WASHINGTON – Sen. John Kennedy (R-La.) today joined Sen. Jim Risch (R-Idaho) and fellow lawmakers in reintroducing bipartisan legislation to improve underserved states’ ability to successfully compete for Small Business Innovation Research (SBIR) and Small Business Technology Transfer (STTR) awards.
“States like Louisiana use FAST grants to help small businesses succeed, but the program’s assistance is not reaching communities that rely on these resources to spark innovation. The FAST Fix Act would prioritize applicants in historically underserved areas in Louisiana and elsewhere. I’m proud to partner with Sen. Risch to see this through,” said Kennedy.
“The FAST Partnership Program is not sufficiently focused to reach the underserved states it’s intended to benefit. The FAST Fix Act will make commonsense changes to the program application process to ensure research and development grants reach states like Idaho to galvanize our continued growth and success,” said Risch.
The FAST Fix Act would reform the Small Business Administration’s Federal and State Technology (FAST) Partnership Program to encourage federal research and development grants to be awarded to small businesses and universities in states that have historically lacked SBIR and STTR awards. This bill would encourage more awards to commercialize ideas, compete in the global marketplace and create local jobs.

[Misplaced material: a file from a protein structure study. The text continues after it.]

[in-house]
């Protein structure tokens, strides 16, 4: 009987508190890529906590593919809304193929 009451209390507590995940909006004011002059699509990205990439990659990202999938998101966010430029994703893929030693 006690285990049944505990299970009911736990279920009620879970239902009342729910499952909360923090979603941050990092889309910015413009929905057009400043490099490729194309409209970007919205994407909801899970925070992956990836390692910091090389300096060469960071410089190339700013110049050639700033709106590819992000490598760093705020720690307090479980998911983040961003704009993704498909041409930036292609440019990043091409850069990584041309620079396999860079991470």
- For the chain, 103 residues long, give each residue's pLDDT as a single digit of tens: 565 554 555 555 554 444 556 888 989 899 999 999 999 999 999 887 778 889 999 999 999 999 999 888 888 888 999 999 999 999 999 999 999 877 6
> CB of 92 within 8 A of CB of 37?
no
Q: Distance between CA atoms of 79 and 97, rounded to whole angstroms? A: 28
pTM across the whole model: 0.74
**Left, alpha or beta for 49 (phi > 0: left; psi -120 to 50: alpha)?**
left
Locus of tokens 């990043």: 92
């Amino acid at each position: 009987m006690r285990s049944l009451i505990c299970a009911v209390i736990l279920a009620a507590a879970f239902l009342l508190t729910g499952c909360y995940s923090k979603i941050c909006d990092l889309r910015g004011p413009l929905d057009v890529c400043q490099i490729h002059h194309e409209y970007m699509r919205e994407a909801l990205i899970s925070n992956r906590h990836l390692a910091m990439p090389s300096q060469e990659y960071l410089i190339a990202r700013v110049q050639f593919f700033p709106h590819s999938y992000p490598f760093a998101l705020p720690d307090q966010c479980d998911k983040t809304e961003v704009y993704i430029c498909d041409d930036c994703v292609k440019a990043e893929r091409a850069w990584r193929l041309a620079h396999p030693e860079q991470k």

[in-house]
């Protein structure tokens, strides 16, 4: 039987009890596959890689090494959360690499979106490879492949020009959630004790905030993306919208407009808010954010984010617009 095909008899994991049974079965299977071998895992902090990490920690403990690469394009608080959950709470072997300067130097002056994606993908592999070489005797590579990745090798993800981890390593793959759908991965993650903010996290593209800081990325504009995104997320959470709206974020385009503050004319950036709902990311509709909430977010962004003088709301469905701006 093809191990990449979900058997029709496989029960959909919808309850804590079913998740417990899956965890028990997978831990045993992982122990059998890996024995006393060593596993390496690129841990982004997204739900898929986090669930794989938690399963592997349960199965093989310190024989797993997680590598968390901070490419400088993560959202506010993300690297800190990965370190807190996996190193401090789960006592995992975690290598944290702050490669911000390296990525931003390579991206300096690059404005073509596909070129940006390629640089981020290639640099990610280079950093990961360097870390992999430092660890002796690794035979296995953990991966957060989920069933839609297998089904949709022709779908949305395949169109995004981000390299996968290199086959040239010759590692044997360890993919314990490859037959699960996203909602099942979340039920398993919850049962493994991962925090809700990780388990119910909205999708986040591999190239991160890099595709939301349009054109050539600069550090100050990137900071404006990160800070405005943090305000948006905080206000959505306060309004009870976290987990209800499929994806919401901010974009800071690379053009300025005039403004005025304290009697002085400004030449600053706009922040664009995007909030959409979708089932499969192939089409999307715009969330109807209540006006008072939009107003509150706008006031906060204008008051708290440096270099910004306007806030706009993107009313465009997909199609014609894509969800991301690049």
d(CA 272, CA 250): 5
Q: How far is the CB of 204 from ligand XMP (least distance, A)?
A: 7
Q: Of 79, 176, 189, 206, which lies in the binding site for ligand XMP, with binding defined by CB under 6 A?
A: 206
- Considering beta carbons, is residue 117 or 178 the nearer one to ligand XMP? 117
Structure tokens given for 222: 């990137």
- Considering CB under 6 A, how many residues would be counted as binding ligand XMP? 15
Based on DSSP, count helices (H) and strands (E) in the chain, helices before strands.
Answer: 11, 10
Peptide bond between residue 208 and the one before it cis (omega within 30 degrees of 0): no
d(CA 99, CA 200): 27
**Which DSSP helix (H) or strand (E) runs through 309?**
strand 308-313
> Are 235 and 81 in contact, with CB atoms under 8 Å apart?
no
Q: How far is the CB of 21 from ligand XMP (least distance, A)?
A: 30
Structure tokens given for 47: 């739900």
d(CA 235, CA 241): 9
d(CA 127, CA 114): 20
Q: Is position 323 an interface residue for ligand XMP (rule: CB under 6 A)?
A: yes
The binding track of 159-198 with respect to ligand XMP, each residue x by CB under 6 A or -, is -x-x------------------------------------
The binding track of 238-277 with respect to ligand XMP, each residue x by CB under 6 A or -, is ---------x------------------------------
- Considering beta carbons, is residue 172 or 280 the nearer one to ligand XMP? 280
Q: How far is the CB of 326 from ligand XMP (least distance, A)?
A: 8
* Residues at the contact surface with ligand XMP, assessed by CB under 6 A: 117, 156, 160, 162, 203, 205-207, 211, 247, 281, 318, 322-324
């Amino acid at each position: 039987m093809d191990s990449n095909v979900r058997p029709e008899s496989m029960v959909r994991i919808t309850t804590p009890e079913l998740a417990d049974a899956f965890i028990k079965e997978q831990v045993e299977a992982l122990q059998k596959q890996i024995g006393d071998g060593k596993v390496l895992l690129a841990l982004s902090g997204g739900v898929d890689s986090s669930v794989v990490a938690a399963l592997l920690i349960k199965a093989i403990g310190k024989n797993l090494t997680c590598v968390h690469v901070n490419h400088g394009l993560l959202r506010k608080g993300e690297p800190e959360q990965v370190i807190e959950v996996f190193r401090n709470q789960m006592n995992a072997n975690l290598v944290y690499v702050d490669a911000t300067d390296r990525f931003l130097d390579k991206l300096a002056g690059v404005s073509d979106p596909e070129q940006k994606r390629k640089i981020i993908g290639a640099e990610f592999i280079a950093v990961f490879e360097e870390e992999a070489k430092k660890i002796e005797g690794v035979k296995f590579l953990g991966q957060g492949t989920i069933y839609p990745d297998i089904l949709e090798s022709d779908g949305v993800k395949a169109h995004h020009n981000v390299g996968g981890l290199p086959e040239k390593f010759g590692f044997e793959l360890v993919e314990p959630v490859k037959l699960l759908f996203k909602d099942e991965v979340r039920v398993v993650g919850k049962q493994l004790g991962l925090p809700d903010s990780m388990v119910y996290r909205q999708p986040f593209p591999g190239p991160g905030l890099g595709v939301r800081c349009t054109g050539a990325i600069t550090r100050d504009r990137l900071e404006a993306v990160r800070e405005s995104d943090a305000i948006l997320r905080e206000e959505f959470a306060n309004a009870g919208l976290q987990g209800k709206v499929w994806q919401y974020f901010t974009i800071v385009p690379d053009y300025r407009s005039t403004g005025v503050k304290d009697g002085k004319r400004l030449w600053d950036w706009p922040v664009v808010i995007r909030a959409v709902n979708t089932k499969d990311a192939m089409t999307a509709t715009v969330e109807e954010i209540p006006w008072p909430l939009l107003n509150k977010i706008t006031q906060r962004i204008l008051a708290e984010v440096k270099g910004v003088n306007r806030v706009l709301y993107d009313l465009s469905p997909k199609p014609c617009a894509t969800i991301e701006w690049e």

Sens. Mike Crapo (R-Idaho), Jacky Rosen (D-Nev.), John Hoeven (R-N.D.), Catherine Cortez-Masto (D-Nev.), Shelley Moore Capito (R-W.Va.) and Lisa Murkowski (R-Alaska) also co-sponsored the legislation.
Background: The FAST Partnership Program provides one-year funding to organizations to develop SBIR/STTR outreach and training programs to help facilitate more awards in their state. Special consideration is intended for entities in states that have historically lacked awards. But under the one-size-fits-all application process, the federal government gives equal consideration to all applicants for the FAST program, regardless of their SBIR/STTR award history. As a result, the program is not penetrating the very states it is intended to serve.
The FAST Fix Act would increase competition for FAST grants in each state and give priority to applicants located in historically underperforming states to ensure more SBIR/STTR awards are distributed to underserved areas.